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Cross Border GRANTS “There seemed to be a stronger commitment to community and voluntary activity than down south.” Cross-border visits raise many questions By Gearóid Fitzgibbon ‘Changing Ireland’s Gearóid Fitzgibbon reports on a recent study trip to Belfast by community sector workers, students of UCC’s Applied Social Science Masters in Third Sector Management: There’s plenty of funding (despite the downturn) for initiatives linking southern groups with northern communities. Our UCC study programme took advantage of this and earlier this year we visited a mix of state agencies and community groups from both sides of the divide in Belfast. Our group visited INTERCOMM, where representatives of nationalist and unionist communities, former enemies, explained how they now worked together to diffuse conflicts that arise in flash points all over the city. 60 MILES OF WALLS SEPARATE COMMUNITIES While the political leaders are working together, the communities in ways are more divided than ever, with over 30 so-called “interface areas” and over 60 miles of walls separating the catholic and protestant. Among the highlights of our trip was a reception by Belfast’s Lord Mayor Tom Hartley. We also received brief presentations on: urban regeneration (with Cliftonville Regeneration Project), conflict resolution (by Belfast Interface Project), and community development (by Sammy Douglas of East Belfast Development Association).

FORMER ‘TERRORISTS’ ARE OFTEN LEADERS Of note, the divide and the conflict have produced a society with a complex dynamic. The people whom elements of Dublin and London society called ‘terrorists’, are in many cases prominent community leaders and elected representatives. We found West Belfast was very vibrant, with large number of community initiatives. Irish is spoken on the Falls road, where Ireland’s only urban Gaeltacht is growing day by day. The impression gained was that there seemed to be a stronger commitment to community and voluntary activity than down south, and that this was connected to the political background to the conflict. A BOUNTY OF STAFF AND RESOURCES Recent years has seen large amounts of investment pour in and some organisations seem to have an almost embarrassing bounty of staff and resources. One wondered could these be better used at ground level. For example, Northern Ireland has both a Community and Voluntary Association (NICVA) and a separate organisation to network CEOs of third sector groups (CO3). During our tour, we also made the most of the night life, sampling the Crown, the co-operative pub The John Hewitt, the Anderstowns Club, and the Felon’s Club. The groups we had met gave great perspective to late night debates over questions such as: - “We’re all committed to changing things. Why then don’t we feel anything is actually changing?” - “Have we all lost our critical commitment down south, been softened by social partnership?” Fun nights were had!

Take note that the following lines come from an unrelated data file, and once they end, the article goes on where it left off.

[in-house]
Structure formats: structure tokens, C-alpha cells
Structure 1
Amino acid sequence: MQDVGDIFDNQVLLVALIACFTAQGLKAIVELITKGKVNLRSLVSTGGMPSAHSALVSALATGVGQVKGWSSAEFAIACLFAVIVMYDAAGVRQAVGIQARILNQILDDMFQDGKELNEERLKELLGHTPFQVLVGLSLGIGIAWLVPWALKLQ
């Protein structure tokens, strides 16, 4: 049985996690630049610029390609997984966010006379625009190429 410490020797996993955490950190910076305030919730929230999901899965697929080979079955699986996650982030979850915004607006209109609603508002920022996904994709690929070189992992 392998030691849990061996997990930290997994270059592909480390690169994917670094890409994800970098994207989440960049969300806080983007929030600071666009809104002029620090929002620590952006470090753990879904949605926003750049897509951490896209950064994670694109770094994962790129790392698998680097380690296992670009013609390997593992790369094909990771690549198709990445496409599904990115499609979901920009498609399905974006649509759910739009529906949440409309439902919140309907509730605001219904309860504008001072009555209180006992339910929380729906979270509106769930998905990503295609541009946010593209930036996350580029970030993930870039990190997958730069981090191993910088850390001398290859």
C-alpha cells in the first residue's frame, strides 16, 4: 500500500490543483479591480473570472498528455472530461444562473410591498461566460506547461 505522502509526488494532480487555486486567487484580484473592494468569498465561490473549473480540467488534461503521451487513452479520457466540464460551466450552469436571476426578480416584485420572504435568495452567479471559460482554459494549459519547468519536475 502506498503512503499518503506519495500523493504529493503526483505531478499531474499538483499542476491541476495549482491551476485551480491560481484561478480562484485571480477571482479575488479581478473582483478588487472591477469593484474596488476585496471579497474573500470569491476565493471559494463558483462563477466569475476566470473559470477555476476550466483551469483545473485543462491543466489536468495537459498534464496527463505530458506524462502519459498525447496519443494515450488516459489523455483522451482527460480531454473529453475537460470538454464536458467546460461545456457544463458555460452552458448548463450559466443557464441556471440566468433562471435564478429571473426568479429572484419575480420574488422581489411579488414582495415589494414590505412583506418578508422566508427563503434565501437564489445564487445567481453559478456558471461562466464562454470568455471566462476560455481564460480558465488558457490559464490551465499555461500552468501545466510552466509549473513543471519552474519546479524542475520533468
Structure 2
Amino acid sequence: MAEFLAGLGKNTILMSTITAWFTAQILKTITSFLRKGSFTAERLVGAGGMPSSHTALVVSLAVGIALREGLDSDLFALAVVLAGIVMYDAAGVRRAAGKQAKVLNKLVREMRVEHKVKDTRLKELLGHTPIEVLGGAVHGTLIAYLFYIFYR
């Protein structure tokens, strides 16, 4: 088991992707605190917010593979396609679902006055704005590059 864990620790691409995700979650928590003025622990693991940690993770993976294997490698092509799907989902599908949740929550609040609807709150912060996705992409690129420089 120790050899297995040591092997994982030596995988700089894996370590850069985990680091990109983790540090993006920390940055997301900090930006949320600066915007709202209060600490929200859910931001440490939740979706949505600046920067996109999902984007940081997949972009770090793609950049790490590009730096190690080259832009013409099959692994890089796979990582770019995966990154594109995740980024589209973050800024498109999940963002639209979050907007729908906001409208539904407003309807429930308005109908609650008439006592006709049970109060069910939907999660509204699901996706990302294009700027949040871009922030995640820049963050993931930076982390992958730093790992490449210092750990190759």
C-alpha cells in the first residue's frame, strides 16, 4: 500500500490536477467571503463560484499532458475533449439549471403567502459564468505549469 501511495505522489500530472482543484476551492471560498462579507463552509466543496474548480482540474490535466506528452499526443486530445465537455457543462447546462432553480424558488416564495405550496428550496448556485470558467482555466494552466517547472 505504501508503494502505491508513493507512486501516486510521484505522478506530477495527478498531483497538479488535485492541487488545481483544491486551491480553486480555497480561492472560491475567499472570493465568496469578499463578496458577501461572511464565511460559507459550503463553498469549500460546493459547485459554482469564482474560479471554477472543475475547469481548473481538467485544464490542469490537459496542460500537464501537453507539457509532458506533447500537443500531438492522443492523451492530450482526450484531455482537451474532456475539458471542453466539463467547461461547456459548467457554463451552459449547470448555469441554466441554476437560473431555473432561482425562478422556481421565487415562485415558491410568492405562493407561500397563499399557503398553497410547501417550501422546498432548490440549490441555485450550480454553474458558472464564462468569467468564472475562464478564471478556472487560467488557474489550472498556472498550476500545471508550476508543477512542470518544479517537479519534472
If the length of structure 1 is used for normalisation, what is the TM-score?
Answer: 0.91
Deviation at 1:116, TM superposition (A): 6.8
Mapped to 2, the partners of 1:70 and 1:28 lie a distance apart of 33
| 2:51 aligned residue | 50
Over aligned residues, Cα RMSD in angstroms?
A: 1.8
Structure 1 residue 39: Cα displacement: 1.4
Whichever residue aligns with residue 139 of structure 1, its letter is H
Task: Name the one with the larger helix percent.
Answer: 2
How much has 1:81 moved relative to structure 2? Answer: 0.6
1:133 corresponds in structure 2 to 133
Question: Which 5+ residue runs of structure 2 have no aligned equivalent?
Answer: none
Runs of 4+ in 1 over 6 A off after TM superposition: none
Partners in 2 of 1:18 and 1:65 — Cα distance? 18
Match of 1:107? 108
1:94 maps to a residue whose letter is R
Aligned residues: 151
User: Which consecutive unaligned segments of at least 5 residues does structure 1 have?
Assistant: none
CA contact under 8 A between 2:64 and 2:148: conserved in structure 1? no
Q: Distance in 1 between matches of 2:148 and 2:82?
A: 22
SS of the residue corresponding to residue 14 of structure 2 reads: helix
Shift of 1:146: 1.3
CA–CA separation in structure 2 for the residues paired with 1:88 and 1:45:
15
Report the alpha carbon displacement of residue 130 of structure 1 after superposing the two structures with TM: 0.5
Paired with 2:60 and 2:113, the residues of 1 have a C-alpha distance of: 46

“While the political leaders are working together, the communities in ways are more divided than ever.” What if you can’t read a medical prescription?

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MURALS SAY LESS NOW The group met famous mural artist Danny Devenny who spoke of how, in the midst of censorship, the murals fitted into the local oral culture by igniting and maintaining the local narrative. Today, they continue to play a part, despite attempts by the Arts Office to “re-image” and commission “neutral” murals of George Best and sunflowers. DECOMMISSIONING ATTITUDES However, as the recent riots and bomb scares have demonstrated, though the guns are decommissioned, the ideology of conflict keeps the mindset of conflict in commission. It was a point of debate among the study group whether some of museums and monuments in the nationalists community were about remembering their struggle or served to justify the role of armed conflict as a political tool to a younger generation. For community groups in the south, making links with loyalist communities can play an important role in building peace and trust. Causeway Youth provide sponsorship for youth exchanges, while Co-operation provides support for relationship building with broader range of civic, community and youth groups. MORE INFORMATION The study visit was organised by Dr. Feilim O’hAdhmaill, course co-ordinator of UCC’s Applied Social Science Masters in Third Sector Management, a two-year, part-time course. There are almost 25 students on the course, each of whom work in areas such as adult education, Family Resource Centres, addiction counselling, homelessness, community and youth work, housing, mental health, and Garda youth diversion projects. For information on funding cross-border initiatives, contact: www.cooperationireland.org/ and www.causewayyouth.org/

Profile for CHANGING IRELAND

CHANGING IRELAND ISSUE 29  

Hot in Issue 29: The Communities Combatting Cuts Issue/ Frontline News/ Project News/ Cuts - facts & figures/ Enabling Dissent/ Upsides to t...

CHANGING IRELAND ISSUE 29  

Hot in Issue 29: The Communities Combatting Cuts Issue/ Frontline News/ Project News/ Cuts - facts & figures/ Enabling Dissent/ Upsides to t...

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